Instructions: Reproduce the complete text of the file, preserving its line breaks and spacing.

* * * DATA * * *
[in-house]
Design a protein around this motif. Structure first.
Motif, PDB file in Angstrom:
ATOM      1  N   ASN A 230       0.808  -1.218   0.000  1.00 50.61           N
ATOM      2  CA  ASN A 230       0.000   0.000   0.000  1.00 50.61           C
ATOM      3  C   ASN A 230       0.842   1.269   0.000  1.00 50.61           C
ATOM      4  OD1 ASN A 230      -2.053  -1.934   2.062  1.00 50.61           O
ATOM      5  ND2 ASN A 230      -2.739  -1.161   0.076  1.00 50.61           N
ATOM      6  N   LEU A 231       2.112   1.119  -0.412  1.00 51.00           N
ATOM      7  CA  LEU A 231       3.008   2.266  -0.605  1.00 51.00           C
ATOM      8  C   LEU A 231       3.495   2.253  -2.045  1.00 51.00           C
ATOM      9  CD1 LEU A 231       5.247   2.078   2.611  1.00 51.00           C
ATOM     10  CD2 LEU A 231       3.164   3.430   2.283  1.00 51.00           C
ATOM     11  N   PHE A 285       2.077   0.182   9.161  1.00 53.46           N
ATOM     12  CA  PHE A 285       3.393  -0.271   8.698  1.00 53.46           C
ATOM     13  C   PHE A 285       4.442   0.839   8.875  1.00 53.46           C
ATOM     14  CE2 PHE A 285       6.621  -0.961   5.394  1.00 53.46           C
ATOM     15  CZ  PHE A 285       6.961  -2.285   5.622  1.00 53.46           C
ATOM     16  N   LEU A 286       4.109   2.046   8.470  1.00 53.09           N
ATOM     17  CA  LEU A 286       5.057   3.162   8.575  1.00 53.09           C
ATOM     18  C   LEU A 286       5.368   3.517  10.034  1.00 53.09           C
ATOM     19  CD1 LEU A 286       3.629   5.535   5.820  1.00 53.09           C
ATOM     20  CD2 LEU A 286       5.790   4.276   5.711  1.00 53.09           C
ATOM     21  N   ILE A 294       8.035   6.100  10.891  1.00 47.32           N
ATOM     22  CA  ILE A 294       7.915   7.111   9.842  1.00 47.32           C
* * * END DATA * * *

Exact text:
[in-house]
Design a protein around this motif. Structure first.
Motif, PDB file in Angstrom:
ATOM      1  N   ASN A 230       0.808  -1.218   0.000  1.00 50.61           N
ATOM      2  CA  ASN A 230       0.000   0.000   0.000  1.00 50.61           C
ATOM      3  C   ASN A 230       0.842   1.269   0.000  1.00 50.61           C
ATOM      4  OD1 ASN A 230      -2.053  -1.934   2.062  1.00 50.61           O
ATOM      5  ND2 ASN A 230      -2.739  -1.161   0.076  1.00 50.61           N
ATOM      6  N   LEU A 231       2.112   1.119  -0.412  1.00 51.00           N
ATOM      7  CA  LEU A 231       3.008   2.266  -0.605  1.00 51.00           C
ATOM      8  C   LEU A 231       3.495   2.253  -2.045  1.00 51.00           C
ATOM      9  CD1 LEU A 231       5.247   2.078   2.611  1.00 51.00           C
ATOM     10  CD2 LEU A 231       3.164   3.430   2.283  1.00 51.00           C
ATOM     11  N   PHE A 285       2.077   0.182   9.161  1.00 53.46           N
ATOM     12  CA  PHE A 285       3.393  -0.271   8.698  1.00 53.46           C
ATOM     13  C   PHE A 285       4.442   0.839   8.875  1.00 53.46           C
ATOM     14  CE2 PHE A 285       6.621  -0.961   5.394  1.00 53.46           C
ATOM     15  CZ  PHE A 285       6.961  -2.285   5.622  1.00 53.46           C
ATOM     16  N   LEU A 286       4.109   2.046   8.470  1.00 53.09           N
ATOM     17  CA  LEU A 286       5.057   3.162   8.575  1.00 53.09           C
ATOM     18  C   LEU A 286       5.368   3.517  10.034  1.00 53.09           C
ATOM     19  CD1 LEU A 286       3.629   5.535   5.820  1.00 53.09           C
ATOM     20  CD2 LEU A 286       5.790   4.276   5.711  1.00 53.09           C
ATOM     21  N   ILE A 294       8.035   6.100  10.891  1.00 47.32           N
ATOM     22  CA  ILE A 294       7.915   7.111   9.842  1.00 47.32           C